The Student News Site of Tarrant County College

The Collegian

The Student News Site of Tarrant County College

The Collegian

The Student News Site of Tarrant County College

The Collegian

UPCOMING ELECTION CREATES CONFUSION

Governor Greg Abbott is the Republican candidate for the Texas governor race. Shafkat Anowar/The Dallas Morning News/TNS
Governor Greg Abbott is the Republican candidate for the Texas governor race.
Shafkat Anowar/The Dallas Morning News/TNS

ALEX HOBEN
editor-in-chief
alexandra.hoben@my.tccd.edu

Some students are having difficulties sifting through information and decisions regarding approaching the election.

The upcoming midterms, including the race for governor Texas between incumbent governor Greg Abbott and challenger Beto O’Rourke are drawing closer. With early voting starting in Tarrant County on Oct. 24 and sample ballots now available, many are preparing for the election season.

NE student Bryon Broadway has been keeping up with his research and said he is focused on two major things.

“Honestly, the most important thing about this election to me is about a woman’s right to choose,” he said. “And further basis on that would be voting freedoms here in the state of Texas.”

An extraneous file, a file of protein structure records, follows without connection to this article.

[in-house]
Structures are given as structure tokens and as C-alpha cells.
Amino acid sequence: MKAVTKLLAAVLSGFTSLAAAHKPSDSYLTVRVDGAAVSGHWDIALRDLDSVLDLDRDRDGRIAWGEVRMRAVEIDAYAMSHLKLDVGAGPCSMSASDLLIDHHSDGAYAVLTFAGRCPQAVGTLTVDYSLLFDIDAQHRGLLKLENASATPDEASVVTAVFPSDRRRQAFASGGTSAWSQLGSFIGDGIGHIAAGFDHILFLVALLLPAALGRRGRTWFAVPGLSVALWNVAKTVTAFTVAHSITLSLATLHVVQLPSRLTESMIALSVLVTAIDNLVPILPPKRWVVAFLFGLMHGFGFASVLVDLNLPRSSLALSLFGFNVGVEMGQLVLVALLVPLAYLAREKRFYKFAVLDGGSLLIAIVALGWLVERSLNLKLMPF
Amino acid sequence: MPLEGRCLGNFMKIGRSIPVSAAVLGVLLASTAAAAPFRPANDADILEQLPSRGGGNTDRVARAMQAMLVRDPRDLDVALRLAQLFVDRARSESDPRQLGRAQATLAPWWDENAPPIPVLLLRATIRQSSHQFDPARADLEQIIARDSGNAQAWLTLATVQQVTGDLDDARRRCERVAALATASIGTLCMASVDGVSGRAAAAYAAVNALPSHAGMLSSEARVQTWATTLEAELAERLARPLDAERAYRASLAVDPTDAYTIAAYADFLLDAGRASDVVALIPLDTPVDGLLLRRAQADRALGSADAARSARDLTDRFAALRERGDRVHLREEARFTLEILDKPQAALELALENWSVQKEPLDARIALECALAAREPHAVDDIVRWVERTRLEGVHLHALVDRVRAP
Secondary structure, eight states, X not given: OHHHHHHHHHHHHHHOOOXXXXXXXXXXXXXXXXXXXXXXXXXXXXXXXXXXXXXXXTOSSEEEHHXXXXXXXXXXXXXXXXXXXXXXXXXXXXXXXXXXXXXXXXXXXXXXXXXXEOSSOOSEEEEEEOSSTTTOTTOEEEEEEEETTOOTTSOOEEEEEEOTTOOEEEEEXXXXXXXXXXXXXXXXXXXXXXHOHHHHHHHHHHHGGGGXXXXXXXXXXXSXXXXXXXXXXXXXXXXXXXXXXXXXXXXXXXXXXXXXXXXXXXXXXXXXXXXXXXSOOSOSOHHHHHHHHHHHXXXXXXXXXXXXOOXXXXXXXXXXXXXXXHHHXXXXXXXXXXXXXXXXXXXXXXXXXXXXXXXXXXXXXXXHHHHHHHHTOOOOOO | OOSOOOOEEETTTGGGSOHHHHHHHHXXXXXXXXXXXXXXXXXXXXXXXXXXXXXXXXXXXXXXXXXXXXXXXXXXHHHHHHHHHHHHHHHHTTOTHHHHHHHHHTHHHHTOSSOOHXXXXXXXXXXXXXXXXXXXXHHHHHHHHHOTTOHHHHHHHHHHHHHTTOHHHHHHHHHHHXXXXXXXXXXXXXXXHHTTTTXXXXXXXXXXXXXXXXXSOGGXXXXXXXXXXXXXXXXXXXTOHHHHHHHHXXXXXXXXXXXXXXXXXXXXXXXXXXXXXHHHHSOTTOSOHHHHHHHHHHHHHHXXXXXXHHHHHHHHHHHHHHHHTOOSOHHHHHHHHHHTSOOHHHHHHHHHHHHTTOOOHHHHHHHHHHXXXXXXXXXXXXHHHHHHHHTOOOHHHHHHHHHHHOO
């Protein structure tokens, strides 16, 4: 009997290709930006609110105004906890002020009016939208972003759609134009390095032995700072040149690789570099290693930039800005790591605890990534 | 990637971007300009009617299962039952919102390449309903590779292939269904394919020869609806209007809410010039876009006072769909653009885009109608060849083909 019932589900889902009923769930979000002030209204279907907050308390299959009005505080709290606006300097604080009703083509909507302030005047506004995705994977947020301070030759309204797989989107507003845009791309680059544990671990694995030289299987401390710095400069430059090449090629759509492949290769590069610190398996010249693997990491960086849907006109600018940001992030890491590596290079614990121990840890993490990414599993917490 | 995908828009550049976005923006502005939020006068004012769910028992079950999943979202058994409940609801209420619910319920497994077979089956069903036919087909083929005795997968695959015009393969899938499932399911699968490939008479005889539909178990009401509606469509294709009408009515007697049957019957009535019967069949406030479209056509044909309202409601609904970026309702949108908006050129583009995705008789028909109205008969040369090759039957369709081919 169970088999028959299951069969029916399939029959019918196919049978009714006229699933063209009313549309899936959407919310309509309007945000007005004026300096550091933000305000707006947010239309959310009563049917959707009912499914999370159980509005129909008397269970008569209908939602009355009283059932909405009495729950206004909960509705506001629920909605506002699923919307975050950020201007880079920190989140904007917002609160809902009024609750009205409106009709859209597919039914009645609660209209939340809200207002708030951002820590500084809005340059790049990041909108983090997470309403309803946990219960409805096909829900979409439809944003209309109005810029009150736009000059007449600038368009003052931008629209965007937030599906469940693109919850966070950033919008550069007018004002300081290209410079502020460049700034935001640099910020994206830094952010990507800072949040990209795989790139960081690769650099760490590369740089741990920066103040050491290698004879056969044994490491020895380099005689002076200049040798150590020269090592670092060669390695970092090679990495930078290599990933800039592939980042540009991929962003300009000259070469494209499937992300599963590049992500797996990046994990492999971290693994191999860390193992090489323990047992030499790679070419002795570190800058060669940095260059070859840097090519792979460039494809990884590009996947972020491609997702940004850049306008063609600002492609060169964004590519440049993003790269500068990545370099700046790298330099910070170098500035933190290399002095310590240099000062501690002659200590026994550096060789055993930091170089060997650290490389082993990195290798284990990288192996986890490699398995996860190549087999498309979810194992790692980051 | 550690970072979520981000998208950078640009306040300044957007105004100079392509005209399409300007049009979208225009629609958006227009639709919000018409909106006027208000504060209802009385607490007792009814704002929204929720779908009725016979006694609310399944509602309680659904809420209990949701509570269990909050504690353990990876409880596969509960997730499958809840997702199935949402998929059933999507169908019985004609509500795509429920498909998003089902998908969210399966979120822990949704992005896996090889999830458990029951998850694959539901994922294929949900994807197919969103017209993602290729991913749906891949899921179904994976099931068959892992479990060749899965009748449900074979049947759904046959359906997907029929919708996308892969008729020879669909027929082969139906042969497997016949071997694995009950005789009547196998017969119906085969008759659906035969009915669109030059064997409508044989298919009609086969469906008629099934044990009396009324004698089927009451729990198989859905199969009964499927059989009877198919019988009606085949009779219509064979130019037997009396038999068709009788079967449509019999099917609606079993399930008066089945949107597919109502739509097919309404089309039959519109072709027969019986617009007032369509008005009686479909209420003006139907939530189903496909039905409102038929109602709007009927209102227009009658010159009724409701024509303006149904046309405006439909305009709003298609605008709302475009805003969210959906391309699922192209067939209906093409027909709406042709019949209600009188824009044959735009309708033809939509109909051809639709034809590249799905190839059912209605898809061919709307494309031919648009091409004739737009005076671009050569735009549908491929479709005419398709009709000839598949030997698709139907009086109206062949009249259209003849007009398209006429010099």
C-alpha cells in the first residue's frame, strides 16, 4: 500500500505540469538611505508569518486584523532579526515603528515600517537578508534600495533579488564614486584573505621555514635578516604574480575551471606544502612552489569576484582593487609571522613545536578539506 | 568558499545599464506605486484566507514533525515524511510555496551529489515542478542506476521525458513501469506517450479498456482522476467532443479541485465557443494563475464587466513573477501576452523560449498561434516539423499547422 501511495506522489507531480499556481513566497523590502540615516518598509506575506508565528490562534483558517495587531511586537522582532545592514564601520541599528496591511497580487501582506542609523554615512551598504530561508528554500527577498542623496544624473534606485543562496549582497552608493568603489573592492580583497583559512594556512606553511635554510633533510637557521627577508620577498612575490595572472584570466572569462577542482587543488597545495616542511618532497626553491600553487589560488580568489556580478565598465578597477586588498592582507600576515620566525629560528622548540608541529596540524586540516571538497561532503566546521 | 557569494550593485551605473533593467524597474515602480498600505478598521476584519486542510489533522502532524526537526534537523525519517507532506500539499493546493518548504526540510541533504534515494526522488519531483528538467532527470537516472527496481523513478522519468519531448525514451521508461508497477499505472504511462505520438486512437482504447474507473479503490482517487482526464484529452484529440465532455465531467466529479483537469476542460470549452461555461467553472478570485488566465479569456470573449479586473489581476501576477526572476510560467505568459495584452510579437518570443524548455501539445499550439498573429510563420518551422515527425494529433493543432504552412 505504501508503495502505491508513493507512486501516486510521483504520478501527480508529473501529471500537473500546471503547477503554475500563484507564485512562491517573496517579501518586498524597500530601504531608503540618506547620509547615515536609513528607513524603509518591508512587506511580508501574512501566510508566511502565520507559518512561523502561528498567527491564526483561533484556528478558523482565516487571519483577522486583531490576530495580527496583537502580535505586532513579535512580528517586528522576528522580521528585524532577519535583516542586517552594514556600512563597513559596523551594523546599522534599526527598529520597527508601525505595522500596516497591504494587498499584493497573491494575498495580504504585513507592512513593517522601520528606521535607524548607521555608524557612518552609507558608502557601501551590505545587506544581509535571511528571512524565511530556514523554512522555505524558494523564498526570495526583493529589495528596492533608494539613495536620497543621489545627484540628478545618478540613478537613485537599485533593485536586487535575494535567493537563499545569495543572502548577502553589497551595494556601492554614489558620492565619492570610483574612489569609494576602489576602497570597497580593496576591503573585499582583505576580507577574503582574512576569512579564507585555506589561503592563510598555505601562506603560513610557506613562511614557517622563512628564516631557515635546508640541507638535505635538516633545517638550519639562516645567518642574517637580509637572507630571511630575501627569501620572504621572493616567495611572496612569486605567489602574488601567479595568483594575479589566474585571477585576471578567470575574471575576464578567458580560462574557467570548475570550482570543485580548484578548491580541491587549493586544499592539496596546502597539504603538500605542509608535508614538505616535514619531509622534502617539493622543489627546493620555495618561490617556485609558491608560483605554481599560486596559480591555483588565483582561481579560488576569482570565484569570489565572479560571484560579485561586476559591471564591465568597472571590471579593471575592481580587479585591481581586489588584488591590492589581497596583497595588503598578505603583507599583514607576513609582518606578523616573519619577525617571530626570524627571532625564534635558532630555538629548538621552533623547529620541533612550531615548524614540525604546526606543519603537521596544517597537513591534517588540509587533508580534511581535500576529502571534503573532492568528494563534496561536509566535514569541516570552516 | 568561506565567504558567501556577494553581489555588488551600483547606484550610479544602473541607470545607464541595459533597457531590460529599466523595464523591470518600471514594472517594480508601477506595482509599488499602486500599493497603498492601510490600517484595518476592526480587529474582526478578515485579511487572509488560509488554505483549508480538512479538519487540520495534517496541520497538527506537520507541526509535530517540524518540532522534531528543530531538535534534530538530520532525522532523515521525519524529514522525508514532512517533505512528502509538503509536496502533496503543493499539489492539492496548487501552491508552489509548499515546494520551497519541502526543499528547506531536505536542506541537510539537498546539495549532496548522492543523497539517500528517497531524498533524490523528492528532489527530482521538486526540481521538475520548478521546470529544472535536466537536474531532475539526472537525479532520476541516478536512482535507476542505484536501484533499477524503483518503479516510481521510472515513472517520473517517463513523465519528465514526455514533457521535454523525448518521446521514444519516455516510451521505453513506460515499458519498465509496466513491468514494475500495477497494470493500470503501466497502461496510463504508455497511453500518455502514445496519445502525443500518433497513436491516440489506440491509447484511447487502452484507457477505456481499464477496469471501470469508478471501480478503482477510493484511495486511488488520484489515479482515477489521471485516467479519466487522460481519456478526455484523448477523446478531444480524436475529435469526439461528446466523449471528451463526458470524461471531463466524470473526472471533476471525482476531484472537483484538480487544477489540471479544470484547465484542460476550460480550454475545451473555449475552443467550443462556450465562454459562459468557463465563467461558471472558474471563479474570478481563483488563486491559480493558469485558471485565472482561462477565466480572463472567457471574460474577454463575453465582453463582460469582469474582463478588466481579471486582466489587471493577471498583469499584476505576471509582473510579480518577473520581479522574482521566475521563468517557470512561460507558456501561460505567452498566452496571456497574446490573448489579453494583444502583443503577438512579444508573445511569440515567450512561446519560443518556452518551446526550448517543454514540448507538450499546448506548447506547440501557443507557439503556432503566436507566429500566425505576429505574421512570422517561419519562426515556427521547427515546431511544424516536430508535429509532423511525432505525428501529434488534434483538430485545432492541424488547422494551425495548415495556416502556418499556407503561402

NE student Ty Coleman echoed that sentiment, saying it was embarrassing that the public still had to vote on the matter of abortion rights. 

“Just the fact that it’s still going on is just ridiculous,” Coleman said.

Regarding the candidates, Broadway said that while O’Rourke is a good Democratic candidate, he may not be the right one for Texas.

“I think that Beto is an overtly emotional candidate, and he is unfit to run as a Democrat in the state of Texas,” Broadway said. “But I do think he is a very, very good Democratic candidate for a different state.”

For Abbott, Broadway expressed his frustration with how his attorney general, Ken Paxton, recently fled from being served a subpoena and has been under indictment for securities fraud for seven years. Even though Abbott’s been in office for seven years, he has not seen much change.

“You’ve been in office too long, haven’t done too much and you need to get out now,” he said.

Both Broadway and Coleman agreed that they believed there wasn’t a good candidate in the pool for this election.

“The same seven years versus a man who’s just going to get emotional on a podium once not enough support happens in the state house” Broadway said. “So we’re just going to end up with a governor who just yells at a podium for four years.”

Not all share that viewpoint, South student Gary Jackson said he thinks there is a well-balanced selection of candidates this year.

“The reason is that each one of them has various positions and issues that they are standing by, and they all make good points,” Jackson said. “It is just the matter of what issues would you like to be addressed as a voter.” 

He believes the main issue is gun control and making sure who can buy them.